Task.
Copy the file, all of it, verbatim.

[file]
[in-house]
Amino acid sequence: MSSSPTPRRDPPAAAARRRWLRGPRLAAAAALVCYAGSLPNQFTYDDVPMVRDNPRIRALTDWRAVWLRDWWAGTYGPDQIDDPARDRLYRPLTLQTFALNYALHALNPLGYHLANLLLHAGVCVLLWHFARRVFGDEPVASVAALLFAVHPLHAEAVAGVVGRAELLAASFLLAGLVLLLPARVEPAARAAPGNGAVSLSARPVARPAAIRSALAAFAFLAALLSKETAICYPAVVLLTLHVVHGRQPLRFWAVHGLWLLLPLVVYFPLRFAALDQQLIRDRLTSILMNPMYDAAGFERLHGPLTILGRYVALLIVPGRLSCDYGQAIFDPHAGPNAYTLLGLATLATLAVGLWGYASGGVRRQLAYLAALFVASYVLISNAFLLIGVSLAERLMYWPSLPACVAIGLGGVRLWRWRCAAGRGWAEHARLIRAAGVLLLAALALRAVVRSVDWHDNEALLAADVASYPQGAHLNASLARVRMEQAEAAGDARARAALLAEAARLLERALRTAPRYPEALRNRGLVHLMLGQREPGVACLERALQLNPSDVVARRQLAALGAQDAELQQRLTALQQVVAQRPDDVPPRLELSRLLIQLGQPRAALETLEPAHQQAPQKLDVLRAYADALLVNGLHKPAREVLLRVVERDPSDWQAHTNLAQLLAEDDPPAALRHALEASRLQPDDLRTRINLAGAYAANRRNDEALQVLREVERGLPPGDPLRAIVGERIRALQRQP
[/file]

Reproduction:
[in-house]
Amino acid sequence: MSSSPTPRRDPPAAAARRRWLRGPRLAAAAALVCYAGSLPNQFTYDDVPMVRDNPRIRALTDWRAVWLRDWWAGTYGPDQIDDPARDRLYRPLTLQTFALNYALHALNPLGYHLANLLLHAGVCVLLWHFARRVFGDEPVASVAALLFAVHPLHAEAVAGVVGRAELLAASFLLAGLVLLLPARVEPAARAAPGNGAVSLSARPVARPAAIRSALAAFAFLAALLSKETAICYPAVVLLTLHVVHGRQPLRFWAVHGLWLLLPLVVYFPLRFAALDQQLIRDRLTSILMNPMYDAAGFERLHGPLTILGRYVALLIVPGRLSCDYGQAIFDPHAGPNAYTLLGLATLATLAVGLWGYASGGVRRQLAYLAALFVASYVLISNAFLLIGVSLAERLMYWPSLPACVAIGLGGVRLWRWRCAAGRGWAEHARLIRAAGVLLLAALALRAVVRSVDWHDNEALLAADVASYPQGAHLNASLARVRMEQAEAAGDARARAALLAEAARLLERALRTAPRYPEALRNRGLVHLMLGQREPGVACLERALQLNPSDVVARRQLAALGAQDAELQQRLTALQQVVAQRPDDVPPRLELSRLLIQLGQPRAALETLEPAHQQAPQKLDVLRAYADALLVNGLHKPAREVLLRVVERDPSDWQAHTNLAQLLAEDDPPAALRHALEASRLQPDDLRTRINLAGAYAANRRNDEALQVLREVERGLPPGDPLRAIVGERIRALQRQP